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This. I think a lot of the problems re emergency mobilization systems relate to that feeling of immediateness, when it's not.

I think a lot of emergencies are way too long-term for us, so we apply emergency mobilization systems even when they aren't there.

I'm very conflicted about this post. On the one hand, many of it's parts are necessary things for LWers to hear, and I'm getting concerned about the doom loop that seems to form a cult-like mentality on AI.

On the other hand, it also has serious issues in it's framing, and I'm worried that the post is coming out of a mentality that isn't great as well.

This story does hinge on "sweeping under the rug" being easier than actually properly solving alignment, but if deceptive alignment is a thing and is even moderately hard to solve properly then this seems very likely the case.

This, plus the failure mode talked about in

With RLHF, this could plausibly cause outer alignment to be easily faked by companies.

Gain-of-lambda-function research: yes, this is among the worser things you could be researching, up there with the Codex code evolution & Adept Transformer agents. There are... uh, not many realistic, beneficial applications for this work. No one really needs a Diplomacy AI, and applications to things like ad auctions are tenuous. (Note the amusing wriggling of FB PR when they talk about "a strategy game which requires building trust, negotiating and cooperating with multiple players" - you left out some relevant verbs there...) And as we've seen with biological research, no matter how many times bugs escape research laboratories and literally kill people, the déformation professionnelle will cover it up and justify it. Researchers who scoff at the idea that a website should be able to set a cookie without a bunch of laws regulating it suddenly turn into don't-tread-on-me anarchocapitalists as soon as it comes to any suggestion that their research maybe shouldn't be done.

But this is far from the most blatantly harmful research (hey, they haven't killed anyone yet, so the bar is high), so we shouldn't be too hard on them or personalize it. Let's just treat this as a good example for those who think that researchers collectively have any fire alarm and will self-regulate. (No, they won't, and someone out there is already calculating how many megawatts the Torment Nexus will generate and going "Sweet!" and putting in a proposal for a prototype 'Suffering Swirlie' research programme culminating in creating a Torment Nexus by 2029.)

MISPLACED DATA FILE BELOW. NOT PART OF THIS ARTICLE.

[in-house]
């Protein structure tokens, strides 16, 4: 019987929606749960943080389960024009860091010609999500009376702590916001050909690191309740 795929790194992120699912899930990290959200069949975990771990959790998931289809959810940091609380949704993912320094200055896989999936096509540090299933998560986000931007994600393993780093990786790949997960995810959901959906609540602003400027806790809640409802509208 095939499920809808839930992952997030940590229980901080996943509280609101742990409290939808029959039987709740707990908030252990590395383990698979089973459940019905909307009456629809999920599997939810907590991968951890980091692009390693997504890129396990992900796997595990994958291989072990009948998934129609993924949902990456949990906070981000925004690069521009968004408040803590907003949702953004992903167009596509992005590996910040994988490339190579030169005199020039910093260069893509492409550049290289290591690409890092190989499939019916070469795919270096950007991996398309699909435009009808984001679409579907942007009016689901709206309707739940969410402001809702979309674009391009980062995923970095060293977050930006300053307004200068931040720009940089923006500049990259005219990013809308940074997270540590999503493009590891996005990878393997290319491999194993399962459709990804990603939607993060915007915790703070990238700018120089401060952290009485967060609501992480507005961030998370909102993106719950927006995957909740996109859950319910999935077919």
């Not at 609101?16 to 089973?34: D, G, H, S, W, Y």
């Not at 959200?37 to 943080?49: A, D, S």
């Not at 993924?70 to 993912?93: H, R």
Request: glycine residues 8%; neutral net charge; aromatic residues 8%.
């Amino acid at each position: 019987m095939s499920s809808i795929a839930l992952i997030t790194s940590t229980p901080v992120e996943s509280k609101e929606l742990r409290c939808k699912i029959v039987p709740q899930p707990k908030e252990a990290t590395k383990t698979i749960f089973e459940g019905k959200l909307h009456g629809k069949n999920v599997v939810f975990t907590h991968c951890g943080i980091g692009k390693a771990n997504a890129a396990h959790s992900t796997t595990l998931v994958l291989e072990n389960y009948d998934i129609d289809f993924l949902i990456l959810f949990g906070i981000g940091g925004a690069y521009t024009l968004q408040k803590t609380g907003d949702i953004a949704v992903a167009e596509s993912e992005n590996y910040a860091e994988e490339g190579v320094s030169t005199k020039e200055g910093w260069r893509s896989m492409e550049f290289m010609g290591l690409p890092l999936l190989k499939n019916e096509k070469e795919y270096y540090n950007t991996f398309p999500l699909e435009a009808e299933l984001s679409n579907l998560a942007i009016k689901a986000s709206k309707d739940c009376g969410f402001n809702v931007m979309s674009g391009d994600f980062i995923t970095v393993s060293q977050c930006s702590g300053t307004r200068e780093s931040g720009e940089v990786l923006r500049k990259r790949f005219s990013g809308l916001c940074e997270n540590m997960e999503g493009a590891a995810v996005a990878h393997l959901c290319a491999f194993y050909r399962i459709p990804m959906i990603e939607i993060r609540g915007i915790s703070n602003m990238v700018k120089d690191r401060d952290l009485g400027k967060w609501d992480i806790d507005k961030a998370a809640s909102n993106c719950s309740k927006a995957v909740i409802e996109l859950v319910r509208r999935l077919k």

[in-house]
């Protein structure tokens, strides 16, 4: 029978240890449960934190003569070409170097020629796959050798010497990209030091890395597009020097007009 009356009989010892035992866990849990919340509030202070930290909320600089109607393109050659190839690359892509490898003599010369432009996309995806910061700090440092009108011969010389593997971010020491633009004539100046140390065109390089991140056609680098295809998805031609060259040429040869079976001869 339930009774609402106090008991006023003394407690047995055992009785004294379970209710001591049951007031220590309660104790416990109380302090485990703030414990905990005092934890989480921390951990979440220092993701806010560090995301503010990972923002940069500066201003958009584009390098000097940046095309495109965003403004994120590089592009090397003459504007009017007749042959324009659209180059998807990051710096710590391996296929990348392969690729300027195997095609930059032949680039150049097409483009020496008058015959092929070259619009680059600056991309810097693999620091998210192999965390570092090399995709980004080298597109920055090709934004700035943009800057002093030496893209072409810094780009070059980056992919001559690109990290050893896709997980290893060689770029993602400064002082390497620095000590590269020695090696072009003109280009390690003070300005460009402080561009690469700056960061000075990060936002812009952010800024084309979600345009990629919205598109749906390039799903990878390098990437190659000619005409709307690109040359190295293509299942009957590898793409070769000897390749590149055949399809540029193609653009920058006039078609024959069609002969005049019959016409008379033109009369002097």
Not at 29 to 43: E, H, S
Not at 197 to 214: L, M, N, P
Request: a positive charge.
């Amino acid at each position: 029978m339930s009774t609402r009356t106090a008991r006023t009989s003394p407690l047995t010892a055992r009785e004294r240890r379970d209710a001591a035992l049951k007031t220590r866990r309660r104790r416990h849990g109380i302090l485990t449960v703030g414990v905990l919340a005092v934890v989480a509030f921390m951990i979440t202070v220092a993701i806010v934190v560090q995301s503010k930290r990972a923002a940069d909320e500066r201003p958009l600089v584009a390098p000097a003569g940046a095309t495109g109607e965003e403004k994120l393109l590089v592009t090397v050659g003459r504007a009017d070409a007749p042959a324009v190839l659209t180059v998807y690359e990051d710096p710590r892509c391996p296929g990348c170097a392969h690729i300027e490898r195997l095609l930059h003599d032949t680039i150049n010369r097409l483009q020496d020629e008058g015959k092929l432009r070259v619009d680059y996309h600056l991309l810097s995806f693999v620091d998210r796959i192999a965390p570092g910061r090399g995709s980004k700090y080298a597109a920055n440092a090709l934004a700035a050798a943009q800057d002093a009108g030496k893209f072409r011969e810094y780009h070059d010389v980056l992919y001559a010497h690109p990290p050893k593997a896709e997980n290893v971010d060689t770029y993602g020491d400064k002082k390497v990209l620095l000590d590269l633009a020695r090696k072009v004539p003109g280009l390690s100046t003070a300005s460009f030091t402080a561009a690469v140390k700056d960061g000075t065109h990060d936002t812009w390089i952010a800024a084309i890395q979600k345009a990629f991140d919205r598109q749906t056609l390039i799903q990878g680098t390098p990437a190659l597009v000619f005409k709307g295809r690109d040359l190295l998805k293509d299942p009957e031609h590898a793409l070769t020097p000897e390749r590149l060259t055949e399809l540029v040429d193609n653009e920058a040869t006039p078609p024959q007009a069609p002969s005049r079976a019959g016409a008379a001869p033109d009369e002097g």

The really dangerous part of the research is that this is the type of game which incentivizes deceptive alignment by default, which is extremely dangerous to do. It ranks amongst one of the worst failure modes in AI Alignment, and this is at the top 5 risky directions to go to.

I don't understand, this seems clearly the case to me. Higher IQ seems to result in substantially higher performance in approximately all domains of life, and I strongly expect the population of successful CEOs to have many standard deviations above average IQ.

This can't actually happen, but only due to the normal distribution of human intelligence placing hard caps on how much variance exists in humans.

I agree there isn't a phase transition in the technical sense, but the relevant phase transition is the breaking of the IID assumption and distribution, which essentially allow you to interpolate arbitrarily well.

Uh, there is? IQ matters for a lot of complicated jobs, so much so that I tend to assume whenever there is something complicated at play, there will be a selection effects towards greater intelligence. Now the results are obviously very limited, but they matter in real life.

Here's a link to why I think IQ is important:

My view is the reasons individual humans don't dominate is due to an IID distribution, called the normal distribution, holds really well for human intelligence.

68% percent of the population is a .85x-1.15x smartness level, 95% of the population is .70-1.30x smartness, and 99.7% percent are .55-1.45x smartness level.

Even 2x in a normal distribution is off the scale, and one order of magnitude more compute is so far beyond it that the IID distribution breaks hard.

And even with 3x differences like humans-rest of animals, things are already really bad in our own world. Extrapolate that to 10x or 100x and you have something humanity is way off distribution for.

Seconding. I'd really like a clear explanation of why he tends to view nanotech as such a game changer. Admittedly Drexler is on the far side of nanotechnology being possible, and wrote a series of books about it: (Engines of Creation, Nanosystems, and Radical Abundance)

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